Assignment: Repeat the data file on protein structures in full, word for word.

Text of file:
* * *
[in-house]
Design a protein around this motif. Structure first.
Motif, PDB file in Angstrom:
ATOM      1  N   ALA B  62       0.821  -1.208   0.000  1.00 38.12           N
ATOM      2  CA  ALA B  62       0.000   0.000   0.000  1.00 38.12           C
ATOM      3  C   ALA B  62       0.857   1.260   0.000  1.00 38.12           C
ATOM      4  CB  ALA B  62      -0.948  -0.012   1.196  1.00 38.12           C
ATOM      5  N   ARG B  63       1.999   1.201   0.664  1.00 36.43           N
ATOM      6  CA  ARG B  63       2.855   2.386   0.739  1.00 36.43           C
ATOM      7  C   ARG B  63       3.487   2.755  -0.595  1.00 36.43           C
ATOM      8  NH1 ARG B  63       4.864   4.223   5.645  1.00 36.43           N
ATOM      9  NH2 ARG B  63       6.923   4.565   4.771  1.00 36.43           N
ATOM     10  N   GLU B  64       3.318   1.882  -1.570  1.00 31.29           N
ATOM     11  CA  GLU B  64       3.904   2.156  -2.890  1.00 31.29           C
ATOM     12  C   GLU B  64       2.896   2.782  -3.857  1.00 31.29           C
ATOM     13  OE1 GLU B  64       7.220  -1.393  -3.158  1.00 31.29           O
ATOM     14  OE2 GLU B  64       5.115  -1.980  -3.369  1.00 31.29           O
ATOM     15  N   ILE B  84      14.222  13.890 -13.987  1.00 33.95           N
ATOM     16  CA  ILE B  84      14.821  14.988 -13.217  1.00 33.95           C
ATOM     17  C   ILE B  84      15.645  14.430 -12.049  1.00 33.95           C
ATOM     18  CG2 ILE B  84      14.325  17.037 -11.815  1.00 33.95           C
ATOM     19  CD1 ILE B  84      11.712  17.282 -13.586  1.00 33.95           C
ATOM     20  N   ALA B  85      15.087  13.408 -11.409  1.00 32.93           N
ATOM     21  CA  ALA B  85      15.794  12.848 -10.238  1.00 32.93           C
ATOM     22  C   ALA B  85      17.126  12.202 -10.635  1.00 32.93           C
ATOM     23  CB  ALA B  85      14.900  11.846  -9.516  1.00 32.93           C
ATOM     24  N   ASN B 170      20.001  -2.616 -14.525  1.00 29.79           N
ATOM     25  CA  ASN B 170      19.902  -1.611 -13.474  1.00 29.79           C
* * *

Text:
[in-house]
Design a protein around this motif. Structure first.
Motif, PDB file in Angstrom:
ATOM      1  N   ALA B  62       0.821  -1.208   0.000  1.00 38.12           N
ATOM      2  CA  ALA B  62       0.000   0.000   0.000  1.00 38.12           C
ATOM      3  C   ALA B  62       0.857   1.260   0.000  1.00 38.12           C
ATOM      4  CB  ALA B  62      -0.948  -0.012   1.196  1.00 38.12           C
ATOM      5  N   ARG B  63       1.999   1.201   0.664  1.00 36.43           N
ATOM      6  CA  ARG B  63       2.855   2.386   0.739  1.00 36.43           C
ATOM      7  C   ARG B  63       3.487   2.755  -0.595  1.00 36.43           C
ATOM      8  NH1 ARG B  63       4.864   4.223   5.645  1.00 36.43           N
ATOM      9  NH2 ARG B  63       6.923   4.565   4.771  1.00 36.43           N
ATOM     10  N   GLU B  64       3.318   1.882  -1.570  1.00 31.29           N
ATOM     11  CA  GLU B  64       3.904   2.156  -2.890  1.00 31.29           C
ATOM     12  C   GLU B  64       2.896   2.782  -3.857  1.00 31.29           C
ATOM     13  OE1 GLU B  64       7.220  -1.393  -3.158  1.00 31.29           O
ATOM     14  OE2 GLU B  64       5.115  -1.980  -3.369  1.00 31.29           O
ATOM     15  N   ILE B  84      14.222  13.890 -13.987  1.00 33.95           N
ATOM     16  CA  ILE B  84      14.821  14.988 -13.217  1.00 33.95           C
ATOM     17  C   ILE B  84      15.645  14.430 -12.049  1.00 33.95           C
ATOM     18  CG2 ILE B  84      14.325  17.037 -11.815  1.00 33.95           C
ATOM     19  CD1 ILE B  84      11.712  17.282 -13.586  1.00 33.95           C
ATOM     20  N   ALA B  85      15.087  13.408 -11.409  1.00 32.93           N
ATOM     21  CA  ALA B  85      15.794  12.848 -10.238  1.00 32.93           C
ATOM     22  C   ALA B  85      17.126  12.202 -10.635  1.00 32.93           C
ATOM     23  CB  ALA B  85      14.900  11.846  -9.516  1.00 32.93           C
ATOM     24  N   ASN B 170      20.001  -2.616 -14.525  1.00 29.79           N
ATOM     25  CA  ASN B 170      19.902  -1.611 -13.474  1.00 29.79           C